The special packages in which PNTL transports nuclear material are called “flasks” or “casks”. They are typically made from 25 cm thick forged steel and weigh around 100 tonnes. They can hold up to five tonnes of nuclear material.

The casks facilitate the movement of nuclear material by different modes of transport, protect workers from radiation, dissipate heat efficiently and are designed to withstand severe accidents.

Casks are monitored for radiation prior to loading onto PNTL ships and during transportation. They are thoroughly cleaned and inspected in maintenance facilities after each shipment.

Cask lids can only be attached and removed using specialist equipment at nuclear facilities.

The casks transported by PNTL belong to customers. Each cask design has to meet safety requirements established by the International Atomic Energy Agency (IAEA) in order to be licensed by national regulatory bodies.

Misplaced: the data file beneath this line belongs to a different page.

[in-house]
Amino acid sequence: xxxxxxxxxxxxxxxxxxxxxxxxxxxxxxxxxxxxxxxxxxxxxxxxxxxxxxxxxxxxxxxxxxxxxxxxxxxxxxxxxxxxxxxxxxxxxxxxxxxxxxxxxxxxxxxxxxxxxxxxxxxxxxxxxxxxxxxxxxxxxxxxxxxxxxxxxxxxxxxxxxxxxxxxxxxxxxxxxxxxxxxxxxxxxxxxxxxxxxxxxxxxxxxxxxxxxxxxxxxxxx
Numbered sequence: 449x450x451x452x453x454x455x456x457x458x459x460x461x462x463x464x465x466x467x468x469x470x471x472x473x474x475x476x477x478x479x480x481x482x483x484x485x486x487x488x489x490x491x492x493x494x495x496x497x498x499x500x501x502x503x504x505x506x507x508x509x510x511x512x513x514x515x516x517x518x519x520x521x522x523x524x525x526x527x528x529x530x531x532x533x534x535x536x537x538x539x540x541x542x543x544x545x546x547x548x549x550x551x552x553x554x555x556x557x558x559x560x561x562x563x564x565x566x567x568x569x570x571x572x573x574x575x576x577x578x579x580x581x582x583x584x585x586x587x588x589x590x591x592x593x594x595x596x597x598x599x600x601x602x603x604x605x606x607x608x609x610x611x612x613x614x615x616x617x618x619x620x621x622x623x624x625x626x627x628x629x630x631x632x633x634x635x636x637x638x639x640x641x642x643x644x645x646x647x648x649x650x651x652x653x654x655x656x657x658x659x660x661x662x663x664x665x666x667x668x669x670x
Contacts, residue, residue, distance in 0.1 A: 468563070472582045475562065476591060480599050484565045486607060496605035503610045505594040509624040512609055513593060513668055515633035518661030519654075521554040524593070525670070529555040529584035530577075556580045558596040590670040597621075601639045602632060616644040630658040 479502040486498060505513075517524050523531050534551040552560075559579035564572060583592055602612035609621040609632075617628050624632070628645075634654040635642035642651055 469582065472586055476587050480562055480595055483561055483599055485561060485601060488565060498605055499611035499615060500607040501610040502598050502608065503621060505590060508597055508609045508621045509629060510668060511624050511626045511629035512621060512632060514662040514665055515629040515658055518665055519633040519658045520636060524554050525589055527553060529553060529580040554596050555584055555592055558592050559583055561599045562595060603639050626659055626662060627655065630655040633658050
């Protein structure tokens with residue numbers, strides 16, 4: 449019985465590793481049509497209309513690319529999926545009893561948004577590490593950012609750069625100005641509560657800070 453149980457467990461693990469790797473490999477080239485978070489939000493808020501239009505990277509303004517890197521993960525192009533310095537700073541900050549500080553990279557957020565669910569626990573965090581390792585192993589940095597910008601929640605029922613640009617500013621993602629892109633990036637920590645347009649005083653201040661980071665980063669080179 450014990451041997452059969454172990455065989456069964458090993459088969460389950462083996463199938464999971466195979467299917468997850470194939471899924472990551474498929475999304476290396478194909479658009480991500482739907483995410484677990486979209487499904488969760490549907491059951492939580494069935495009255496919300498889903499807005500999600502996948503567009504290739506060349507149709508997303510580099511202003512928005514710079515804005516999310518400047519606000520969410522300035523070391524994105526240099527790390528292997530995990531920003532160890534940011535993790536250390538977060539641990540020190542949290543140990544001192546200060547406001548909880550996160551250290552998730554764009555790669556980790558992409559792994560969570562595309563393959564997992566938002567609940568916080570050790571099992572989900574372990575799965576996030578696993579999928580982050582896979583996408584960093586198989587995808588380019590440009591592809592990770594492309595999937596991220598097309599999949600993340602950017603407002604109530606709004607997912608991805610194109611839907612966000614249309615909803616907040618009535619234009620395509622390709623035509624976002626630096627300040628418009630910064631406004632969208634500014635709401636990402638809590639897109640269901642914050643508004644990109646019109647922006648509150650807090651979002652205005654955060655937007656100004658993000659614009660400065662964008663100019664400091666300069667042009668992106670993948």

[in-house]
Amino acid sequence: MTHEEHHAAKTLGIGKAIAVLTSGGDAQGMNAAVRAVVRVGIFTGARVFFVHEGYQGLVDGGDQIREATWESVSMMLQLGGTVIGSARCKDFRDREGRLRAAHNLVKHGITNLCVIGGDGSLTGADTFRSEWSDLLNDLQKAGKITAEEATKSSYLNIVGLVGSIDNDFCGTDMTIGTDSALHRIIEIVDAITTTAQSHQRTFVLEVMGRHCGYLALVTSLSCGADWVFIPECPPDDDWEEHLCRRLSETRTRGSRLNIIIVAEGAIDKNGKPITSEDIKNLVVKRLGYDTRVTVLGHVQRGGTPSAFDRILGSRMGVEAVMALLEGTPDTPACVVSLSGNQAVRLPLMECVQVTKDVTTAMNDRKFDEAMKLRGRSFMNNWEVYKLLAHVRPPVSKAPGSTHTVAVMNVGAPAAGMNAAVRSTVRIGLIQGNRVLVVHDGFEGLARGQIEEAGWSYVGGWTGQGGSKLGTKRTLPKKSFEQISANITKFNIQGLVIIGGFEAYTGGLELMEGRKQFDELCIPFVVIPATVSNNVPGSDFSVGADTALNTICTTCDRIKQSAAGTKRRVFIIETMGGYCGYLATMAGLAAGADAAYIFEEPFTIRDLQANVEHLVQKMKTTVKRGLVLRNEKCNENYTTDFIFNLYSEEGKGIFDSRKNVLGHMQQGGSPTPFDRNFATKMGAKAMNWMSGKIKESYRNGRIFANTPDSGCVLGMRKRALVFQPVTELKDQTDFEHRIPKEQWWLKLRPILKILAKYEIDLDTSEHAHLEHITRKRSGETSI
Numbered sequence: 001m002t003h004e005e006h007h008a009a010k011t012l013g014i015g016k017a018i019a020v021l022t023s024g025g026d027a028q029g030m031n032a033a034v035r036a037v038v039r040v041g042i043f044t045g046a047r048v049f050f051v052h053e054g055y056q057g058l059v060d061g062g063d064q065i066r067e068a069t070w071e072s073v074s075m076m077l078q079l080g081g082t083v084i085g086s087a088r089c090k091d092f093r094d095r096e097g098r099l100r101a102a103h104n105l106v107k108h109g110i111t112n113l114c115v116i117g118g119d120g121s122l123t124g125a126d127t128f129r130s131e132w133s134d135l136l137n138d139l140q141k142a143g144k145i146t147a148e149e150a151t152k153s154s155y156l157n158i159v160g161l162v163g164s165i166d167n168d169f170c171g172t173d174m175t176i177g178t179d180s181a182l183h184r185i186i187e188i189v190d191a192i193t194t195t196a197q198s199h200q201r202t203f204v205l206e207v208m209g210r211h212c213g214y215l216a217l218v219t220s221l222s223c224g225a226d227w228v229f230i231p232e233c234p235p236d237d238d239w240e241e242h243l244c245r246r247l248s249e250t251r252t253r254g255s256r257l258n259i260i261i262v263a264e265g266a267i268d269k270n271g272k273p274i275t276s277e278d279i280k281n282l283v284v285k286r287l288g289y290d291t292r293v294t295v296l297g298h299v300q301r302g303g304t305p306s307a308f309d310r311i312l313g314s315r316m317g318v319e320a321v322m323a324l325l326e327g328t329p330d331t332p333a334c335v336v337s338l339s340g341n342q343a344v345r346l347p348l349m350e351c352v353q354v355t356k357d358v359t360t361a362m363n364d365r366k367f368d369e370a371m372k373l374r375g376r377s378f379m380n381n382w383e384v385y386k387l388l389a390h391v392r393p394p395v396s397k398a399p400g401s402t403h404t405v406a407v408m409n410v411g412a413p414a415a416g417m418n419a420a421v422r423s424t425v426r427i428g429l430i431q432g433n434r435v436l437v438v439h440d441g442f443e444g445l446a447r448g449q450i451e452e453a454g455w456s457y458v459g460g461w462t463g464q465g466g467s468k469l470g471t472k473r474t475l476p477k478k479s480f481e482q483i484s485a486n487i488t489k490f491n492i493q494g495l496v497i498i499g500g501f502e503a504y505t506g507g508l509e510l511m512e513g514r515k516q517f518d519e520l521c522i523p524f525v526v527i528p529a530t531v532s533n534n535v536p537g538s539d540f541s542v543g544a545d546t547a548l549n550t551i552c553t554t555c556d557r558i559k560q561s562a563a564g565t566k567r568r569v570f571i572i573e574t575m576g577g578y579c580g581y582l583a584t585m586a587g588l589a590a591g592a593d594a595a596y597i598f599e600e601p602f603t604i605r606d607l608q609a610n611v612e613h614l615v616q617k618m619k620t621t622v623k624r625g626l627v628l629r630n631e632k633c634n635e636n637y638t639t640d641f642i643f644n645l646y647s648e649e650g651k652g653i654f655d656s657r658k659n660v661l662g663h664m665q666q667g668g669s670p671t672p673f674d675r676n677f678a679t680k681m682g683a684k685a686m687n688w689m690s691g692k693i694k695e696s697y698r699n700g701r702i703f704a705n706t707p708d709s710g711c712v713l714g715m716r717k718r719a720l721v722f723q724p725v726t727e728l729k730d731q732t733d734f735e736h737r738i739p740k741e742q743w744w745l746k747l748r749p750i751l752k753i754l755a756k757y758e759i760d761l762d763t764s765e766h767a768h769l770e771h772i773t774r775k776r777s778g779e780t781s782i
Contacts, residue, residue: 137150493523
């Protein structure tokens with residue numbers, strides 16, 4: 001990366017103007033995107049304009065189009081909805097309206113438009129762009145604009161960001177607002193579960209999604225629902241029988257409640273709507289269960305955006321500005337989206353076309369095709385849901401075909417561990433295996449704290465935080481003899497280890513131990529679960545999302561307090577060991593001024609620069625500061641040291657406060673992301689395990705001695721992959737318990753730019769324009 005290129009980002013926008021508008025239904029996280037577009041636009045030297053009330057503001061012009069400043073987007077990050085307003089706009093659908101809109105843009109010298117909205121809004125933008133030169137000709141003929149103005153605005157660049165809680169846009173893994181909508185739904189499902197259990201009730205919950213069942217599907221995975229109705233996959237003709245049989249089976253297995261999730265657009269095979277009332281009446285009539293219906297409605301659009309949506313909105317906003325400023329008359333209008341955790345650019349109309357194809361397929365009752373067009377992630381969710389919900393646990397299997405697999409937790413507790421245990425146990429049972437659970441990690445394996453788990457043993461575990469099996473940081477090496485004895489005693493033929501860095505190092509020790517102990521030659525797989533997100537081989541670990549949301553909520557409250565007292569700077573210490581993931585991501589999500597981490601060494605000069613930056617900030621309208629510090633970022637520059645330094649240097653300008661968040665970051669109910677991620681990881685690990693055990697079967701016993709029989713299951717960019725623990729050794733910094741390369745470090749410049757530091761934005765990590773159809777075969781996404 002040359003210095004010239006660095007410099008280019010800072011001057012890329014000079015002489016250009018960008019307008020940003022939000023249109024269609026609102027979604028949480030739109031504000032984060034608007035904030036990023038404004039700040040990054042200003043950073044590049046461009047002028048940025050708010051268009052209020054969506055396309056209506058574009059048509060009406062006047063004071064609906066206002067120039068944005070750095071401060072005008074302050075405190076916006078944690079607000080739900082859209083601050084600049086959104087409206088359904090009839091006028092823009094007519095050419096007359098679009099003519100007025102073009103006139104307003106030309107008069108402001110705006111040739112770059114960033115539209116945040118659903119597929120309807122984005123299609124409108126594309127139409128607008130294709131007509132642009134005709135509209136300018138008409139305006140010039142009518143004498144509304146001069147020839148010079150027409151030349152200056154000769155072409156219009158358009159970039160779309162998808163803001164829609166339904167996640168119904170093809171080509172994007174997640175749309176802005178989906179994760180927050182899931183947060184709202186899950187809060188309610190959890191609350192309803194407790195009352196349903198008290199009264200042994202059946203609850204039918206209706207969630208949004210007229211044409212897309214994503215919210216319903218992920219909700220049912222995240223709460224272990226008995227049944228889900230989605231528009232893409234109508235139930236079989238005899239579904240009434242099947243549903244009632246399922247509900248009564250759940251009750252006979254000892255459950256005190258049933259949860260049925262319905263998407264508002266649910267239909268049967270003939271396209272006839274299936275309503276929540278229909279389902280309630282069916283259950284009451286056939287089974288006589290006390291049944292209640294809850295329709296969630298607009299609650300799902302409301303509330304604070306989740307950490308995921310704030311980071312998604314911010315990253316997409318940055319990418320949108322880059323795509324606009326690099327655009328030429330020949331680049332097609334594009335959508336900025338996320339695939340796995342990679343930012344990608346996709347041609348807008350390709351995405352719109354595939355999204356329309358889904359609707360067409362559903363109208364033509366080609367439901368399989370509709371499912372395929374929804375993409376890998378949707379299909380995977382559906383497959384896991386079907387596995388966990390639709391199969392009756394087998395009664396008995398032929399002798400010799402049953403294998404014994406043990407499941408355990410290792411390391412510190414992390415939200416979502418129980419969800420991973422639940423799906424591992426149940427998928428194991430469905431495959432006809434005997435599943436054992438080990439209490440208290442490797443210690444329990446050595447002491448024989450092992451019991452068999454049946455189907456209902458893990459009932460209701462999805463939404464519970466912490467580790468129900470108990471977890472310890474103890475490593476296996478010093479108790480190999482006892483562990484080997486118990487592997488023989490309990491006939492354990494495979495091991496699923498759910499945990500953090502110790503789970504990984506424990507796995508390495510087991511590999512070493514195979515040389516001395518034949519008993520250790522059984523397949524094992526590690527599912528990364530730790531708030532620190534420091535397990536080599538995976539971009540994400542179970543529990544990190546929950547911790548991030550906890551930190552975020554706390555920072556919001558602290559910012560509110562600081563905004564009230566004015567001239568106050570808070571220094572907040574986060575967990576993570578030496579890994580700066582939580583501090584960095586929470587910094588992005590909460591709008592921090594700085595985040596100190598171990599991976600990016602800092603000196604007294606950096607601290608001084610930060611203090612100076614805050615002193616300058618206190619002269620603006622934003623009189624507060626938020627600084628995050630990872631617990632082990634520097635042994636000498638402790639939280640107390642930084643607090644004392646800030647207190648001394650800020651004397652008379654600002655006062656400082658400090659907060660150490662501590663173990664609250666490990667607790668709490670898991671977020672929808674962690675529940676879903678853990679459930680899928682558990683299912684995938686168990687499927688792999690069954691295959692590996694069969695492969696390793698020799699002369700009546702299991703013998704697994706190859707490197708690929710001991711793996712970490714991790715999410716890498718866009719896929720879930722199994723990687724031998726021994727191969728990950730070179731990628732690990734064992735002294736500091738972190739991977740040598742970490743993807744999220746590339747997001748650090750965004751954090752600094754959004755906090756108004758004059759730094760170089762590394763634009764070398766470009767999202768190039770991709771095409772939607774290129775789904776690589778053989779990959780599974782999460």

The IAEA has set standards for packages based on the characteristics of different types of nuclear material. PNTL’s cargoes of used fuel, vitrified waste and MOX fuel must be moved in “Type B” packages. These special packages must be able to withstand a series of challenging tests that demonstrate resistance to severe impact, fire and immersion.

IAEA tests

Each cask design must be able to withstand the following tests, which are performed one after the other.

  • Two drop tests, one onto a reinforced concrete and steel spike and the second onto an unyielding surface from a height of nine metres. The unyielding surface simulates real impacts from far greater heights onto rock or soil.
  • An all-engulfing fire of 800 degrees Celsius for 30 minutes. The all-engulfing test is far more destructive than real fires that may reach higher temperatures.
  • Immersion in 15-200 metres of water, depending on the type of material the cask is designed to transport. In fact, casks carried by PNTL are able to survive in several thousands of metres of water.

After these tests have been performed in sequence, the cask design must maintain its integrity to be approved for use.